Relevant Legislative Instruments

For the private sector and Stream 1 Commonwealth companies, climate-related financial disclosures will be mandated through amendments to the Corporations Act (further details here), and will be subject to the existing liability framework under both the Corporations Act and the Australian Securities and Investments Commission Act 2001 (ASIC Act). Amendments to the Corporations Act will be put forward to the Australian Parliament.

The Australian Securities and Investments Commission (ASIC), created by the ASIC Act, has regulatory oversight of the Corporations Act. The ASIC Act is also the legislation that creates other statutory bodies including AASB and the Auditing and Assurance Standards Board (AUASB, further information below).

It is proposed that the disclosure requirements for Stream 2 Commonwealth entities and companies will be enacted through amendments to the following legislative instruments:

  • Environment Protection and Biodiversity Conservation Act 1999 (EPBC Act), specifically s516A on annual reports to deal with environmental matters
  • Public Governance, Performance and Accountability Act 2013 (PGPA Act)
    • Resource Management Guides, specifically RMG 136 on annual reports for corporate Commonwealth entities

Assurance & Verification

Climate disclosures of private and public Stream 1 reporting entities will be subject to similar assurance requirements to those currently in the Corporations Act for financial reports.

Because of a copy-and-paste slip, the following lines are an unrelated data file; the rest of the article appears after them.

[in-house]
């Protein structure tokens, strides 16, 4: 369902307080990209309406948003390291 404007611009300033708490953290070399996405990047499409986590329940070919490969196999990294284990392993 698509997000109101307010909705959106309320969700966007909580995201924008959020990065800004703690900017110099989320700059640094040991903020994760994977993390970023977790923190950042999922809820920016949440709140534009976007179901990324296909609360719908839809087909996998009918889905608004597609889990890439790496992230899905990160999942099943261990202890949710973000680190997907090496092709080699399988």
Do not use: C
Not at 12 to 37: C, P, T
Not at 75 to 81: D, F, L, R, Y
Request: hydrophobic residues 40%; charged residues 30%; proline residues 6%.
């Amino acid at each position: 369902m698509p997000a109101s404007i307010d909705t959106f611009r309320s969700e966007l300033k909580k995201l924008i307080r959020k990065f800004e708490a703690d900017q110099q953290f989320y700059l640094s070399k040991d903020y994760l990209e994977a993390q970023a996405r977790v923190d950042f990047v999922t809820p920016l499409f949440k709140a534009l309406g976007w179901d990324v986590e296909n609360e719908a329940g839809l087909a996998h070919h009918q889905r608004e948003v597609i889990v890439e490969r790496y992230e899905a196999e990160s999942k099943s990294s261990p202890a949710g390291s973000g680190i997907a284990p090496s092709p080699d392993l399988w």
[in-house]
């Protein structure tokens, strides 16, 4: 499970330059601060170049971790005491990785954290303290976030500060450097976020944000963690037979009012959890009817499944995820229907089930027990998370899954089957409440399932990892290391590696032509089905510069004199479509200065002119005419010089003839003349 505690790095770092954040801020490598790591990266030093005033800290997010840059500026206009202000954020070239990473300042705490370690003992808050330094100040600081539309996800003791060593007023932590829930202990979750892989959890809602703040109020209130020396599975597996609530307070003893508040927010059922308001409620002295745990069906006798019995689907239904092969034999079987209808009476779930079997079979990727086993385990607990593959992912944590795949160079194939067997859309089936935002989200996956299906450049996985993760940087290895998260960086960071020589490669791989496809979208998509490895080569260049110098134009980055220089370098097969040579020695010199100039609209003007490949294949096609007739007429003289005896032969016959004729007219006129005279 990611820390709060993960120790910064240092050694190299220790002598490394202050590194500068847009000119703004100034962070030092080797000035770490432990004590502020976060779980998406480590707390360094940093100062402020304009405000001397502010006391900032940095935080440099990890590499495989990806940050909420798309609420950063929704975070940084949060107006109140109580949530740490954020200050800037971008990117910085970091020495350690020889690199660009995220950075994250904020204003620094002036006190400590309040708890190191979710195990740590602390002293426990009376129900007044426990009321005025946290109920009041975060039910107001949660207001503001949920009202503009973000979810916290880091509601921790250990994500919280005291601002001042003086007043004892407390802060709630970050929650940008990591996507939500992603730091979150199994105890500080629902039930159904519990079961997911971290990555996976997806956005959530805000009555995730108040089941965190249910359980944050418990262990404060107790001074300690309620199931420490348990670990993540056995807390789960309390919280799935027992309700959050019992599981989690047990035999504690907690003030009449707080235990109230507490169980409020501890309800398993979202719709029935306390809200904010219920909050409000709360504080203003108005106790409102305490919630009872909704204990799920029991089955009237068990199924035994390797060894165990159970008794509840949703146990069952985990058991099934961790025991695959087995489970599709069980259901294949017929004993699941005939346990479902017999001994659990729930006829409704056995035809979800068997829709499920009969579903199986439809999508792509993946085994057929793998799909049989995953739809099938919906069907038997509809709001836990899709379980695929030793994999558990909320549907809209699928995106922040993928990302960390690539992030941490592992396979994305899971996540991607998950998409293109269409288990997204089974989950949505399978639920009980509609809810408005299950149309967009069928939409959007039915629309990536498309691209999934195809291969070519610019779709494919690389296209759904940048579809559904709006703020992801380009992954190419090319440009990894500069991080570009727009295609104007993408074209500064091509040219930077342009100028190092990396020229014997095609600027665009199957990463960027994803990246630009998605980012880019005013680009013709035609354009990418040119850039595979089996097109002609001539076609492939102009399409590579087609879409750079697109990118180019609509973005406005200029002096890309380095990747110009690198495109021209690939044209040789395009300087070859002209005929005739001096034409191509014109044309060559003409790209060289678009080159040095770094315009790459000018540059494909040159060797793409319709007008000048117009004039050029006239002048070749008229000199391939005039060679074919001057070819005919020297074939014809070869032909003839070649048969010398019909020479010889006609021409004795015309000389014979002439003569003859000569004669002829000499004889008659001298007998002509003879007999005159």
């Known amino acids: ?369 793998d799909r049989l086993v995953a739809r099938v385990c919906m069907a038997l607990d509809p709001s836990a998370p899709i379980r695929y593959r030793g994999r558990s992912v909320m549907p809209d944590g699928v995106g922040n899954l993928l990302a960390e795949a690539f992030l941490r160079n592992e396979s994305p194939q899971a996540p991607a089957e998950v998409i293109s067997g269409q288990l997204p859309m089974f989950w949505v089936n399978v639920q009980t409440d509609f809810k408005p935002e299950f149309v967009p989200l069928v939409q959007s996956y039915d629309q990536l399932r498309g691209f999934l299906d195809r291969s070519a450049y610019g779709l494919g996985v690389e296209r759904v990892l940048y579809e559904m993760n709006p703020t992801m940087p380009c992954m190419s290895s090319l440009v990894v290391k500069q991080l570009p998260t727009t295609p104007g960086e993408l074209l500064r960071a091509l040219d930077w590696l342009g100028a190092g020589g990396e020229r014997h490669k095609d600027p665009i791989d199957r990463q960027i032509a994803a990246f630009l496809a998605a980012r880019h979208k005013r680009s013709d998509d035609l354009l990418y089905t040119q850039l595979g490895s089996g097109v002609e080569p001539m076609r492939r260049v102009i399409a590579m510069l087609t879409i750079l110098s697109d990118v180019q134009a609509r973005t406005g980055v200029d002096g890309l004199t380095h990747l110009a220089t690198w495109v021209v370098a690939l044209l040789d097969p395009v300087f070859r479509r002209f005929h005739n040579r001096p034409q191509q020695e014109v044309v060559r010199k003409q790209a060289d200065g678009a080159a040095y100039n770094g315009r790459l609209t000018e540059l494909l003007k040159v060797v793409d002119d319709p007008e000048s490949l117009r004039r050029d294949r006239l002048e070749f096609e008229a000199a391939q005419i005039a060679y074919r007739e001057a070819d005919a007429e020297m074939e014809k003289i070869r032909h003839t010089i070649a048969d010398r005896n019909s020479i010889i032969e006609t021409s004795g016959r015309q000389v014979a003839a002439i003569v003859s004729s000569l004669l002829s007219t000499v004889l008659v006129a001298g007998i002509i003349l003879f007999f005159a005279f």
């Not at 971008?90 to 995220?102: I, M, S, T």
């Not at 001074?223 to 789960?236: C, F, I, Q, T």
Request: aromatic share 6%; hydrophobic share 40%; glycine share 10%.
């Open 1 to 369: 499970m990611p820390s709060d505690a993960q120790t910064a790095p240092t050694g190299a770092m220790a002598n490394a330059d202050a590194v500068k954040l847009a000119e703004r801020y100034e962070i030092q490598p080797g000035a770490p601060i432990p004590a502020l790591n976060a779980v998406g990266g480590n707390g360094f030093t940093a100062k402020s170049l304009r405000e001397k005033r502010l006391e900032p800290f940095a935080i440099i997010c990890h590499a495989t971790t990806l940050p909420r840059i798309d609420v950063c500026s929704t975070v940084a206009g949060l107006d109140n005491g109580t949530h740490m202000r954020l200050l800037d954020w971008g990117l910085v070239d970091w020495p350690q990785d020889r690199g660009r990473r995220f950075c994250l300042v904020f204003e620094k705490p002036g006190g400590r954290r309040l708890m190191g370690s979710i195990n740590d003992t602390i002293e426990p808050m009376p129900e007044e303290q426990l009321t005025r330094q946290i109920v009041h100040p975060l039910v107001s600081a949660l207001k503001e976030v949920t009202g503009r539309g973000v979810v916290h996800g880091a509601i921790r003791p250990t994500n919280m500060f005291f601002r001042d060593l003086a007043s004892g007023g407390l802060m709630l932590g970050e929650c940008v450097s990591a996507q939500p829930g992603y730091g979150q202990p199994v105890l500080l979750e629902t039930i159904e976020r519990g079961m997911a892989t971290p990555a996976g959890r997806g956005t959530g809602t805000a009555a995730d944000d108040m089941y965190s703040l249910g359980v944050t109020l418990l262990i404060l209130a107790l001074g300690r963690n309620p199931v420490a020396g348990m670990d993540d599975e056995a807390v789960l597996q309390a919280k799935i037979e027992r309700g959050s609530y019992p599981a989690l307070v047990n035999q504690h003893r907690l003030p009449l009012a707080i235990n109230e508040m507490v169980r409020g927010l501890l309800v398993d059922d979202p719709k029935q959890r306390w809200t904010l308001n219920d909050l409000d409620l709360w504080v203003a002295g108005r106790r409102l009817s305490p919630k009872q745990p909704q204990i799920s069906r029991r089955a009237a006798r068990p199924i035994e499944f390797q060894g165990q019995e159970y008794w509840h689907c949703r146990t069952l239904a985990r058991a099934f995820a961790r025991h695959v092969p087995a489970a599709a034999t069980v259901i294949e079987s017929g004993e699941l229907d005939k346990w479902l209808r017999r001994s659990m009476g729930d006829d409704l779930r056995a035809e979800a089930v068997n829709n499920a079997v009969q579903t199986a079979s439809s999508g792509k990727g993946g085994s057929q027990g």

Assurance will be required in line with new sustainability assurance standards, which will be developed by the AUASB based on the final standard from the International Auditing and Assurance Standards Board (IAASB).

Several assurance pathways have been proposed in Treasury’s latest consultation, including a phased pathway to full reasonable assurance of all climate disclosures from 1 July 2030. This pathway will be set out by the AUASB.

The assurance and verification of Stream 2 public entities will be designed by the Department of Finance in consultation with the Australian National Audit Office (ANAO). The Department of Finance will be responsible for monitoring compliance.

Supporting Programmes and Policies

Various programmes and policies exist as part of the broader climate-related ecosystem. Examples of relevant programmes include the following.

Private Sector

The Treasury is leading the development of Australia’s Sustainable Finance Strategy, which aims to underpin the development of Australia’s sustainable finance markets, enable firms to access capital needed for the transition to a low-carbon economy, accurately price climate-related risks and maximise opportunities.

As part of implementing the Sustainable Finance Strategy, the Government has committed to developing an Australian Sustainable Finance Taxonomy over 2023-24. This will develop a foundation for Australia’s wider sustainable finance landscape and support alignment with other international sustainable finance taxonomies and markets.

The initial development will be led by the Australian Sustainable Finance Institute (ASFI), with oversight provided by the Council of Financial Regulators (CFR) Climate Working Group. The CFR Working Group is comprised of Treasury, ASIC, the Australian Prudential Regulation Authority (APRA) and the Reserve Bank of Australia (RBA).

Public Sector

The National Climate Resilience and Adaptation Strategy sets out the Government’s commitments to support climate adaptation and mitigation across all levels of government, businesses and the community. This is being implemented by the National Adaptation Policy Office, which coordinates work on climate adaptation across all governments.

The National Climate Risk Assessment and National Adaptation Plan will be delivered over 2023-2025 and will build on the various State, territory and local government-level climate risk programmes, delivering a shared national framework and a baseline of current, new and emerging climate risks.